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The World Health Organization estimates that there is a shortage of at least 1 million health care professionals in the world’s poorest countries. Johnson & Johnson is collaborating with community-based organizations, non-government organizations and multinational coalitions in more than 35 countries to develop a new generation of frontline health workers (FLHW) such as nurses, mid-wives, pharmacists and community health workers to fill that gap.

FLHW professionals often provide a vital point of care for people who live hours or even days away from a hospital or clinic. For example, in Ethiopia and Tanzania, where the maternal and newborn death rate is very high, Johnson & Johnson funds programs that train health care workers to manage complications arising in childbirth and to educate other clinical workers to provide essential newborn care in facilities where there are no doctors.

Johnson & Johnson also collaborated to launch Survive & Thrive (S&T), a global development alliance bringing U.S. obstetric, pediatric and midwifery professional associations together with USAID, the private sector and civil society organizations to improve the quality of maternal and child care at health facilities. S&T provides emerging global health leaders and specialists with opportunities to learn and practice key skills in targeted countries where help is most needed.

Through the Helping Babies Breathe (HBB) initiative, Johnson & Johnson is working with Save the Children, the American Academy of Pediatrics and USAID to train health care workers to intervene when newborns have potentially fatal breathing problems (birth asphyxia) in the precious moments following birth. In the first five years of a similar effort in China, health attendants who completed a facilities-based training saved more than 90,000 babies and cut birth asphyxia deaths by half in 360 hospitals. HBB has certified Master Trainers to give training to birth attendants in six districts in Malawi and 10 districts in Uganda, allowing more mothers to go home with healthy newborns.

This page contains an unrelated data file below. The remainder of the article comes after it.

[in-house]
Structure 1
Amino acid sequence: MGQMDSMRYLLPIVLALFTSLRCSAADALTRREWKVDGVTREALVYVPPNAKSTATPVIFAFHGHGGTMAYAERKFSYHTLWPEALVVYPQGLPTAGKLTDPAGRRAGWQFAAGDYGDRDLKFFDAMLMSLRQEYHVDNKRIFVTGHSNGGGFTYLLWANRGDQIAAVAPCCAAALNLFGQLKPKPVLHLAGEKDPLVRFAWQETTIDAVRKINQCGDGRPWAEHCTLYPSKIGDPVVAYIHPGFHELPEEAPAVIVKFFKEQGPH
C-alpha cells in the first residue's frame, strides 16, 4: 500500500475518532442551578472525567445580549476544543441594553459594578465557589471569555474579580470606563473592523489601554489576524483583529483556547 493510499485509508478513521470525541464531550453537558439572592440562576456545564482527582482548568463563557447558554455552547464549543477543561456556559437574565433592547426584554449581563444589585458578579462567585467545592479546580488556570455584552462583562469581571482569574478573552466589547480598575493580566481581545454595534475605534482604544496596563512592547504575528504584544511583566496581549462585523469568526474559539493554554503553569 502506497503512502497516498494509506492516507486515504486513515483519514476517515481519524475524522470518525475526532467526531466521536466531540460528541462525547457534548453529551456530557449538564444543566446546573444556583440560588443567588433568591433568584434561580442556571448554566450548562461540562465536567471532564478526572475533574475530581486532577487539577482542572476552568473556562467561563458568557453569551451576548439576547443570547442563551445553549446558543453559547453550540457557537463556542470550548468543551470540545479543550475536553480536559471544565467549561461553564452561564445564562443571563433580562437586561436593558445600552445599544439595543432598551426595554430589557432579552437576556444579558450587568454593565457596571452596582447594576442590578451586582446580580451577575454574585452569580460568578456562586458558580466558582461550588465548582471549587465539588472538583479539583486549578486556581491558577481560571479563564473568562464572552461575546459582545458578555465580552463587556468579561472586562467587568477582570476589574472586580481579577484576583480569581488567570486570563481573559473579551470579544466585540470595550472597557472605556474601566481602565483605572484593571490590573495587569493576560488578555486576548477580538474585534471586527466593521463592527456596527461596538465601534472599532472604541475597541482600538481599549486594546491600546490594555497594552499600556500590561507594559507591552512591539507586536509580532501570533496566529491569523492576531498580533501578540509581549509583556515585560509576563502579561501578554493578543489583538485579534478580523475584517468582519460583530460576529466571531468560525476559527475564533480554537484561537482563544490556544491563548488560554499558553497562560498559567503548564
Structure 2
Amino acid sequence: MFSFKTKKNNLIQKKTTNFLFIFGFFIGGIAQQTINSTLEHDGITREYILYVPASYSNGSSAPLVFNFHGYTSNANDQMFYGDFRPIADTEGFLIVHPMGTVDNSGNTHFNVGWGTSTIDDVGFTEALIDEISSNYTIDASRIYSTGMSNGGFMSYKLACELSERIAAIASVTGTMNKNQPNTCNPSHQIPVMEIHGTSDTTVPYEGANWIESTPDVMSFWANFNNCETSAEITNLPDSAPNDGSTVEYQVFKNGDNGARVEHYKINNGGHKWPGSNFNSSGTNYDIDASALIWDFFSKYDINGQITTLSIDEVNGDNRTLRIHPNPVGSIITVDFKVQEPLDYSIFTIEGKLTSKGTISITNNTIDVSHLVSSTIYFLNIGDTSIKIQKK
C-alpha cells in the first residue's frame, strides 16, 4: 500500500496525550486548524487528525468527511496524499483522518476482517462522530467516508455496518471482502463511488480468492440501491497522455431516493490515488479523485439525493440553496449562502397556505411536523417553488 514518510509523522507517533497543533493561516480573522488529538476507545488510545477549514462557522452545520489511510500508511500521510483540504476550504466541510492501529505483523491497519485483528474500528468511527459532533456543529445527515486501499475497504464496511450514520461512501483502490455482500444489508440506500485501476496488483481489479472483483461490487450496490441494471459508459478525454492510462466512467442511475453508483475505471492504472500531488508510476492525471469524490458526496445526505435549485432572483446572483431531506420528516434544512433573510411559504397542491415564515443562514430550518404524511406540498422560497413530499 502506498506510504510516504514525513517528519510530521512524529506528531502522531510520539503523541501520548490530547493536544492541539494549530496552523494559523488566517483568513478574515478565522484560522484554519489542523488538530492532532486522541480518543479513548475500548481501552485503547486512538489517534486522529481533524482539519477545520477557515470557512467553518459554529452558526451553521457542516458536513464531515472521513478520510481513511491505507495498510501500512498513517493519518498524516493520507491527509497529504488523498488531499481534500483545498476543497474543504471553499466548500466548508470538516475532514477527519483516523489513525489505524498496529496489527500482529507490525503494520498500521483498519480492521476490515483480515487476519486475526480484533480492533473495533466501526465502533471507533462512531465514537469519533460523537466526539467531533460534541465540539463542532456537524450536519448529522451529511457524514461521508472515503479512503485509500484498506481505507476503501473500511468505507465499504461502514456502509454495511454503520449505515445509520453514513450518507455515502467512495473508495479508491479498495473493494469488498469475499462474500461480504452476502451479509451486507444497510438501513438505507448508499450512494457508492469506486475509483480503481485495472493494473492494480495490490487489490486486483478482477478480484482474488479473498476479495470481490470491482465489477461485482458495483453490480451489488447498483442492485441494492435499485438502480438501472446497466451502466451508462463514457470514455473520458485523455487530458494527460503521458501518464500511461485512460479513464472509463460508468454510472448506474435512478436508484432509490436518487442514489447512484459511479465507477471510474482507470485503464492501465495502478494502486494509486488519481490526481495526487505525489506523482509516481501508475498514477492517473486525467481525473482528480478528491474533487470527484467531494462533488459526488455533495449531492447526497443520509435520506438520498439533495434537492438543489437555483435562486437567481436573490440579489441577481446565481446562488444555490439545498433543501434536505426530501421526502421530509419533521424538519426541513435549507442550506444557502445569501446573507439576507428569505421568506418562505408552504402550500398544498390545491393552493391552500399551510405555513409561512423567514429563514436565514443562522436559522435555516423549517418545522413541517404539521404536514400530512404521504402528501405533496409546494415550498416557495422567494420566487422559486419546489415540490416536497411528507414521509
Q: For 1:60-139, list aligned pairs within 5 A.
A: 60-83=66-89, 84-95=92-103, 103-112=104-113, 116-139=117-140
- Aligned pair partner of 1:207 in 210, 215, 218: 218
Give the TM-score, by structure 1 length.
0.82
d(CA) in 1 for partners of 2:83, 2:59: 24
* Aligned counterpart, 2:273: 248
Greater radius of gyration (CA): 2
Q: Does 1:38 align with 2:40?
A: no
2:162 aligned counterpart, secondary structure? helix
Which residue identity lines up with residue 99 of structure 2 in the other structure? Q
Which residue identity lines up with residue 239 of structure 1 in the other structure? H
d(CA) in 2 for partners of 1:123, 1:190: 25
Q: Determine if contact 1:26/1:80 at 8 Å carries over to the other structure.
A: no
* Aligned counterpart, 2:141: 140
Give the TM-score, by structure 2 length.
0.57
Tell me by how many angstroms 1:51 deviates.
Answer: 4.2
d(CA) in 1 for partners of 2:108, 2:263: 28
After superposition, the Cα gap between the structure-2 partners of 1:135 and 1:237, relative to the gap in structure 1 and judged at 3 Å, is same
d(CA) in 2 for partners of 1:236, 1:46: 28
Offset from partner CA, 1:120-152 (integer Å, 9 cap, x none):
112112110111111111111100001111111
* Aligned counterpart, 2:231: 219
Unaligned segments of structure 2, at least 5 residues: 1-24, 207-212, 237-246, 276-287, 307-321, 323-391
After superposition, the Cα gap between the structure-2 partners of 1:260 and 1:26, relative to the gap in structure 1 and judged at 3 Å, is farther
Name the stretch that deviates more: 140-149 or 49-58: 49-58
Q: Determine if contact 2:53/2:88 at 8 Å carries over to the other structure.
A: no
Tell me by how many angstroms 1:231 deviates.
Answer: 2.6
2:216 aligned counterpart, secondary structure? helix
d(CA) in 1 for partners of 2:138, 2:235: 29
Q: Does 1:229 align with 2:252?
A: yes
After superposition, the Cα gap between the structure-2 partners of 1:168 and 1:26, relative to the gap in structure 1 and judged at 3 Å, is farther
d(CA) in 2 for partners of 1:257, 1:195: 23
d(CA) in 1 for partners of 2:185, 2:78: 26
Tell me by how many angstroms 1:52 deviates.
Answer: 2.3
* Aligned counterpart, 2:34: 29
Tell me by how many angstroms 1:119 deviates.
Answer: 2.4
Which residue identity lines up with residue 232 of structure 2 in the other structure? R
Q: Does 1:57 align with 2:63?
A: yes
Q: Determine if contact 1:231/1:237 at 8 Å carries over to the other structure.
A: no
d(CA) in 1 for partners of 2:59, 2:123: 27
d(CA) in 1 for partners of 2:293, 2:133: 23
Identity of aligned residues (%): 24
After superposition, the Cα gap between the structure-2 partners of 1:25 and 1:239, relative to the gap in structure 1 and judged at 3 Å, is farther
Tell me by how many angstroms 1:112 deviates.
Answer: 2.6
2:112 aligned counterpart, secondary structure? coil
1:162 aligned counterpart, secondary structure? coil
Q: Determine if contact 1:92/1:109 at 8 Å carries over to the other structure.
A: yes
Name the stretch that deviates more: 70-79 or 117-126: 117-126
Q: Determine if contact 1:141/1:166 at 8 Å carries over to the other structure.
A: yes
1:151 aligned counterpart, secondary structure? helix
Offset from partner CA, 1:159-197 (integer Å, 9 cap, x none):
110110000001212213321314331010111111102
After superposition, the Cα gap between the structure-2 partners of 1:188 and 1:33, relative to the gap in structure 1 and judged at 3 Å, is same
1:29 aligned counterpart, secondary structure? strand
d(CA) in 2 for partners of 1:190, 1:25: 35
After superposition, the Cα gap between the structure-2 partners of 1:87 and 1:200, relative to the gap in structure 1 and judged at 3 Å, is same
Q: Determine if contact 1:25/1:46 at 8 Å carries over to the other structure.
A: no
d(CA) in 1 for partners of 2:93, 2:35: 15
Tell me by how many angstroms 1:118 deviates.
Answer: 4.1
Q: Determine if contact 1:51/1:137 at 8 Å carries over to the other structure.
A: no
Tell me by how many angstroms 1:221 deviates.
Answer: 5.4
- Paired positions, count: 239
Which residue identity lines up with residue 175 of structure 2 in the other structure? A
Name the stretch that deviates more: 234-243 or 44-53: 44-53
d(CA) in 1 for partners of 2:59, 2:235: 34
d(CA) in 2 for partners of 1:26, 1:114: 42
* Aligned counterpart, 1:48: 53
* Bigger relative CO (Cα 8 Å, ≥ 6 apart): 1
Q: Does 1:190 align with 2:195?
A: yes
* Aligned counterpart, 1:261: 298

Other unique and innovative ways to bring care and information to families and to strengthen health systems globally include training mothers to be health mentors, educating microcredit loan officers to be health educators, and enhancing leadership and supervision within the health workforce.

One such program is the Management Development Institute (MDI) for Health Care Organizations designed to enhance the leadership and management skills of program managers and leaders of sub-Saharan African organizations, both governmental and non-governmental, that are devoted to delivering health care services to underserved populations. The program was designed by world-class management faculty from the UCLA Anderson School of Management at the University of California and by leaders of the African Medical and Research Foundation. Nearly 600 participants from 22 African countries have graduated from this one-week program.

As of August 2012, educators providing microfinance and health protection services in India reached more than 400,000 of India’s rural poor with health messages. The loan officers serving as unique frontline health educators also report greater job satisfaction as they help families in their communities invest in their health and their future.

All these efforts fundamentally aim to deliver life-changing innovations to women, children and families where resources are scarce to ensure that women are healthy, children reach their potential and communities thrive.

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